Toys "R" to Stop Labeling Toys "Boys" and "Girls" in UK


Toys "R" Us announced Friday that it will stop labeling toys "boys" or "girls" in U.K. stores and will advertise all toys with images of both genders playing with them. This degendering of toys is in response to a campaign led by a group called "Let Toys Be Toys," which seeks to stop toy companies and retailers from designating toys by gender and thus "limiting children's imaginations and interests."

While this has potential to incite a machismo backlash in response to boys playing with Barbie dolls, the measure is a decidedly positive thing, and Toys "R" Us should expand this initiative to its U.S. stores as the gendering of toys limits a child's ability to develop his or her self-concept.

There are many components of the socialization process, which is life-long. However, most gender role internalization occurs during the infant, toddler, and early childhood years. The instant humans are thrust into the world, they are received with a blanket color-coded blue or pink according to gender. Rooms are painted, toys are bought, and décor is planned based purely on a baby's gender. Gender socialization is among the first and most powerful lessons we learn about who we are and what our roles are throughout our lives.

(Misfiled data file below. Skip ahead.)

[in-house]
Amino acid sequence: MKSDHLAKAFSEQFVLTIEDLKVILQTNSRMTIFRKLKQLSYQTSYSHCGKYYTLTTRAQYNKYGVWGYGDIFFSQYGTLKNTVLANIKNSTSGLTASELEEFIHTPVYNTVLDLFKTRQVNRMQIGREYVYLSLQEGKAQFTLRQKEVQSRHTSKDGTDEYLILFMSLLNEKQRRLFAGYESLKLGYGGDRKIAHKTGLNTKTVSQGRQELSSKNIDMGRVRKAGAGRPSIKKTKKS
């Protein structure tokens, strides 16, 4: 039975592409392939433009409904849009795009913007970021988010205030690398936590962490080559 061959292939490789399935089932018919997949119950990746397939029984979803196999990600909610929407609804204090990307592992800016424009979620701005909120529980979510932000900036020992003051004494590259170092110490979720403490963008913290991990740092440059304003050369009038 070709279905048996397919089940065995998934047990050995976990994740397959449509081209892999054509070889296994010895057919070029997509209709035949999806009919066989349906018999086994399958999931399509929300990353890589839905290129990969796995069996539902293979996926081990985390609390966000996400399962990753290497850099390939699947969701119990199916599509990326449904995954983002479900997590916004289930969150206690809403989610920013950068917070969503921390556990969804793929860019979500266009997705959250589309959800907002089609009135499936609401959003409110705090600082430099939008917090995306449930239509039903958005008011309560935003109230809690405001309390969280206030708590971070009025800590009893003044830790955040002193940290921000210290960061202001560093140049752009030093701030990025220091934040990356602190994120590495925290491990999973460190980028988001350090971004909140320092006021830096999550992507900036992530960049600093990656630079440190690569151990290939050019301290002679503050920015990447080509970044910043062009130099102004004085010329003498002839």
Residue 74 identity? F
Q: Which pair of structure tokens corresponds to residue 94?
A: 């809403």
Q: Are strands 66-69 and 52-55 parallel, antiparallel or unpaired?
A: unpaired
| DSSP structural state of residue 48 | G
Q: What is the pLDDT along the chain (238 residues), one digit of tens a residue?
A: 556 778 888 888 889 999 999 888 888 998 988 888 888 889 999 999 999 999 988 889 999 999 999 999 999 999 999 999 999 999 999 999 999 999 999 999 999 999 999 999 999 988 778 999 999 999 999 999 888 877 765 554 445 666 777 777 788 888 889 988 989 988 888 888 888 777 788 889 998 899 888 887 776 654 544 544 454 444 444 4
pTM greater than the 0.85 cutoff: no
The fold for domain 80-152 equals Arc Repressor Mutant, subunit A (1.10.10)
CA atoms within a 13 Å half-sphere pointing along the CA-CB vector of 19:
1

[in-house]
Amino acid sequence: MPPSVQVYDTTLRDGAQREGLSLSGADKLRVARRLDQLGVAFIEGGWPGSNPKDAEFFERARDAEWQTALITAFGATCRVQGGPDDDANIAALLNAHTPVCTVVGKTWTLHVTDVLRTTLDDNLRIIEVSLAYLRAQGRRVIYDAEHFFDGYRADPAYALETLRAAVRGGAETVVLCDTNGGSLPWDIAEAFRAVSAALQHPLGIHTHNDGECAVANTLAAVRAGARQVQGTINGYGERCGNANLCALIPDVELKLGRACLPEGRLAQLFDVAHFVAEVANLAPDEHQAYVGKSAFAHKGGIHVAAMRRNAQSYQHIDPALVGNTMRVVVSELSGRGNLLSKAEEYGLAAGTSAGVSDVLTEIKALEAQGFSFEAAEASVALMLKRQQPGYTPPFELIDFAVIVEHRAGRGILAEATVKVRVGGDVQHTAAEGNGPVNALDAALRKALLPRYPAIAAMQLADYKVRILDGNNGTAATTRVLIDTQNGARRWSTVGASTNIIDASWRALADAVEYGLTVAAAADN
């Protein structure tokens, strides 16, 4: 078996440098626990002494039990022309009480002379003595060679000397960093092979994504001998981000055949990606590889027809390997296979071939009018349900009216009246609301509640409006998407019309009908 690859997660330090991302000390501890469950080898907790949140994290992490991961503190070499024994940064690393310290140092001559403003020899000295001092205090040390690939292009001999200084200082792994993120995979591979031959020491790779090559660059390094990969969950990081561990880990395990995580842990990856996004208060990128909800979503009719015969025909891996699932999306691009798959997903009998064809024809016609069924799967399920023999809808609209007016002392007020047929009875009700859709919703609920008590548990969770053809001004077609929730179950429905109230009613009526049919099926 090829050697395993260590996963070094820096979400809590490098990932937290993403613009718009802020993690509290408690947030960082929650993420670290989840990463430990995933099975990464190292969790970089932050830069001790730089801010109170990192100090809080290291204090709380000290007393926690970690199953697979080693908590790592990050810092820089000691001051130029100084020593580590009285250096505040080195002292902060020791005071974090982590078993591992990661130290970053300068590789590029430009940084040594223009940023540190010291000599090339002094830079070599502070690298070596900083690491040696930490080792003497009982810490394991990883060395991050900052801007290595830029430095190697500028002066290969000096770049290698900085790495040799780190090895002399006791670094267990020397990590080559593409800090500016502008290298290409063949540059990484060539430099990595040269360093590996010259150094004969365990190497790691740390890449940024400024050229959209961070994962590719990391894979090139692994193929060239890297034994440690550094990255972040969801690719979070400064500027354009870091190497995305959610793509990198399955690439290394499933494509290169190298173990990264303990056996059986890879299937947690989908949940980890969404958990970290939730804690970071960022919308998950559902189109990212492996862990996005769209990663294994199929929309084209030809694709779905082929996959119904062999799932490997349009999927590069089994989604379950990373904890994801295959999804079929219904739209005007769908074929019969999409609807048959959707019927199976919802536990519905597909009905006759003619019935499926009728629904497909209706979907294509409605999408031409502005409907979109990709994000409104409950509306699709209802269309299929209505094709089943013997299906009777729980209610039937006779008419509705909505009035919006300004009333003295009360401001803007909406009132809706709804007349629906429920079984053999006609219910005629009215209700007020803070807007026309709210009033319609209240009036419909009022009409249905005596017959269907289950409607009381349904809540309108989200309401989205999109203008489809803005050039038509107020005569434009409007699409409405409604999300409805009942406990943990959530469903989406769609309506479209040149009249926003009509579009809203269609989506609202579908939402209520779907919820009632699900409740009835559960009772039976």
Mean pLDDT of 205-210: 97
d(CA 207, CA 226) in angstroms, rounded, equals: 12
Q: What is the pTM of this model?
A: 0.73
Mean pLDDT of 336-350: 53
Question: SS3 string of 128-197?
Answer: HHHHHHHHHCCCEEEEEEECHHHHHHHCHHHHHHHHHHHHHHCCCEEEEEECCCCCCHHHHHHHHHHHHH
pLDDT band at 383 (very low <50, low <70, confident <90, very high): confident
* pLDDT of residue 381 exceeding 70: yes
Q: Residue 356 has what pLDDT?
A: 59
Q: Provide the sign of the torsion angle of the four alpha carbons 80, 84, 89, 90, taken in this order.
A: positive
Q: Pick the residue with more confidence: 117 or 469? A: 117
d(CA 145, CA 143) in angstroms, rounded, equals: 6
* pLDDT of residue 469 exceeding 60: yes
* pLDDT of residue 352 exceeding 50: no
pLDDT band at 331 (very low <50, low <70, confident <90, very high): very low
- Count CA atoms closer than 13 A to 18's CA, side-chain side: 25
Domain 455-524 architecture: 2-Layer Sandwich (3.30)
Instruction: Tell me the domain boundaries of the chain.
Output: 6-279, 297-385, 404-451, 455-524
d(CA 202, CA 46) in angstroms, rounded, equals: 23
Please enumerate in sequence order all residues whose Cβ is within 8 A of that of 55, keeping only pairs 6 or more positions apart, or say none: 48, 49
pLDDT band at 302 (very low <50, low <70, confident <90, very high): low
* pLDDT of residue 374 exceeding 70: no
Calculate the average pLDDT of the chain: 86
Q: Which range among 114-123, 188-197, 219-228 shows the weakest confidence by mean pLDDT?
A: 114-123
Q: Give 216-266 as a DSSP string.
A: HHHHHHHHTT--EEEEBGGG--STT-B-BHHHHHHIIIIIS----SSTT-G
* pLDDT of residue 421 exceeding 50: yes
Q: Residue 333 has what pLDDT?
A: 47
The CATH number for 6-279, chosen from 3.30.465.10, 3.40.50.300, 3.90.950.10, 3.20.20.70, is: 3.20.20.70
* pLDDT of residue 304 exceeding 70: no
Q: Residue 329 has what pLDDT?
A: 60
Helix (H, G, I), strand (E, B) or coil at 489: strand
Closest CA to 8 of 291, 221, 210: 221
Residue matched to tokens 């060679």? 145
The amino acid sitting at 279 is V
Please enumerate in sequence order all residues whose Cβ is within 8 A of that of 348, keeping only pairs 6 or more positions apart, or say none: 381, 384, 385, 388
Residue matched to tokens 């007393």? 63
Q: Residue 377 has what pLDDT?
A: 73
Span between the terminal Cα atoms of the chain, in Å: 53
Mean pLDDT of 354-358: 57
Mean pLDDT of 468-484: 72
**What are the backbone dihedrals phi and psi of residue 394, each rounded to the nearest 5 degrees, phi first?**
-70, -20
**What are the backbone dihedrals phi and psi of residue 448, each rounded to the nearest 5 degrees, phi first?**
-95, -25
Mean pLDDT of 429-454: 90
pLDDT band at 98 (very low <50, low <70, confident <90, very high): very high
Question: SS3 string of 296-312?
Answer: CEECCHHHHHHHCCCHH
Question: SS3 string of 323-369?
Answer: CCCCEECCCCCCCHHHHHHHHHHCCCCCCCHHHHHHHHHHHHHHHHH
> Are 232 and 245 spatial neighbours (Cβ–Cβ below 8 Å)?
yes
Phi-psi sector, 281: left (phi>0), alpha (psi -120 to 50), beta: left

The argument against gendered toys is simple: children must be given the opportunity to play diverse roles within the constructs of their childhood games in order to develop a positive self-concept and confidence within those roles. If a female child is only exposed to modes of play that focus on traditional female roles including home-making, child-rearing, beautifying dolls, and picking out clothes, she may never consider herself in any traditional "male" role. More importantly, she may not learn the skills that accompany different modes of play. For example, research shows that boys often receive Legos, computers, and video games first, which increase their spatial reasoning skills. Early development and mastery of these skills is often associated with careers in math, science, and engineering, professions decidedly lacking female members.

Lastly, male and female children must learn at an early age to see not only themselves, but also members of the opposite gender, as capable of playing both roles. This can also potentially reduce bullying of children who don't distinctly fit into either set of traditional gender roles.